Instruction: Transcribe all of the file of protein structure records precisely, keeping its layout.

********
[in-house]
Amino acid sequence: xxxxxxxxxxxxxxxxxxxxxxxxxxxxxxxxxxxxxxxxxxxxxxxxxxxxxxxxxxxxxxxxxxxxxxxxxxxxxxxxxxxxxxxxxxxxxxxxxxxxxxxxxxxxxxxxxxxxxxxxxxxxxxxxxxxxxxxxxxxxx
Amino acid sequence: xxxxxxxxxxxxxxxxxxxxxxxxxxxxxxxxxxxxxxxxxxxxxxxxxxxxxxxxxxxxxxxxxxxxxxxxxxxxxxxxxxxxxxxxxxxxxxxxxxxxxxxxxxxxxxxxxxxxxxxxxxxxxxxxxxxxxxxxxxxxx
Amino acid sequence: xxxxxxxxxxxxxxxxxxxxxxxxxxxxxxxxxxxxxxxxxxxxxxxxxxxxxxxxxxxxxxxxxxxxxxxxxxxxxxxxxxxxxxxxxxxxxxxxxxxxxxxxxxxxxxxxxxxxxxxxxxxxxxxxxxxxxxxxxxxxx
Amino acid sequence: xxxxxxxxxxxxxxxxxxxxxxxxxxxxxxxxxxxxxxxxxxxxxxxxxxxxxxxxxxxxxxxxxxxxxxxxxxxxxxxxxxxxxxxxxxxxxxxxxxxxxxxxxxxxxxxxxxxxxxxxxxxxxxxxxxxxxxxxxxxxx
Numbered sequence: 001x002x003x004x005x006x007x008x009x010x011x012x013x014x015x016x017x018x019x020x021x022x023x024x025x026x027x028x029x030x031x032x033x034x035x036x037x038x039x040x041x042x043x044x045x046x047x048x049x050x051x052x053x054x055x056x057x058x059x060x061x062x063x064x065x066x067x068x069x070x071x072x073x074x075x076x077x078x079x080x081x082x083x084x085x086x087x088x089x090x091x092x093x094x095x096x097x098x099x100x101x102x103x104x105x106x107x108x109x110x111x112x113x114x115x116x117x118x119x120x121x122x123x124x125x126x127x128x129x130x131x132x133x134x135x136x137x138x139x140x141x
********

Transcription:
[in-house]
Amino acid sequence: xxxxxxxxxxxxxxxxxxxxxxxxxxxxxxxxxxxxxxxxxxxxxxxxxxxxxxxxxxxxxxxxxxxxxxxxxxxxxxxxxxxxxxxxxxxxxxxxxxxxxxxxxxxxxxxxxxxxxxxxxxxxxxxxxxxxxxxxxxxxx
Amino acid sequence: xxxxxxxxxxxxxxxxxxxxxxxxxxxxxxxxxxxxxxxxxxxxxxxxxxxxxxxxxxxxxxxxxxxxxxxxxxxxxxxxxxxxxxxxxxxxxxxxxxxxxxxxxxxxxxxxxxxxxxxxxxxxxxxxxxxxxxxxxxxxx
Amino acid sequence: xxxxxxxxxxxxxxxxxxxxxxxxxxxxxxxxxxxxxxxxxxxxxxxxxxxxxxxxxxxxxxxxxxxxxxxxxxxxxxxxxxxxxxxxxxxxxxxxxxxxxxxxxxxxxxxxxxxxxxxxxxxxxxxxxxxxxxxxxxxxx
Amino acid sequence: xxxxxxxxxxxxxxxxxxxxxxxxxxxxxxxxxxxxxxxxxxxxxxxxxxxxxxxxxxxxxxxxxxxxxxxxxxxxxxxxxxxxxxxxxxxxxxxxxxxxxxxxxxxxxxxxxxxxxxxxxxxxxxxxxxxxxxxxxxxxx
Numbered sequence: 001x002x003x004x005x006x007x008x009x010x011x012x013x014x015x016x017x018x019x020x021x022x023x024x025x026x027x028x029x030x031x032x033x034x035x036x037x038x039x040x041x042x043x044x045x046x047x048x049x050x051x052x053x054x055x056x057x058x059x060x061x062x063x064x065x066x067x068x069x070x071x072x073x074x075x076x077x078x079x080x081x082x083x084x085x086x087x088x089x090x091x092x093x094x095x096x097x098x099x100x101x102x103x104x105x106x107x108x109x110x111x112x113x114x115x116x117x118x119x120x121x122x123x124x125x126x127x128x129x130x131x132x133x134x135x136x137x138x139x140x141x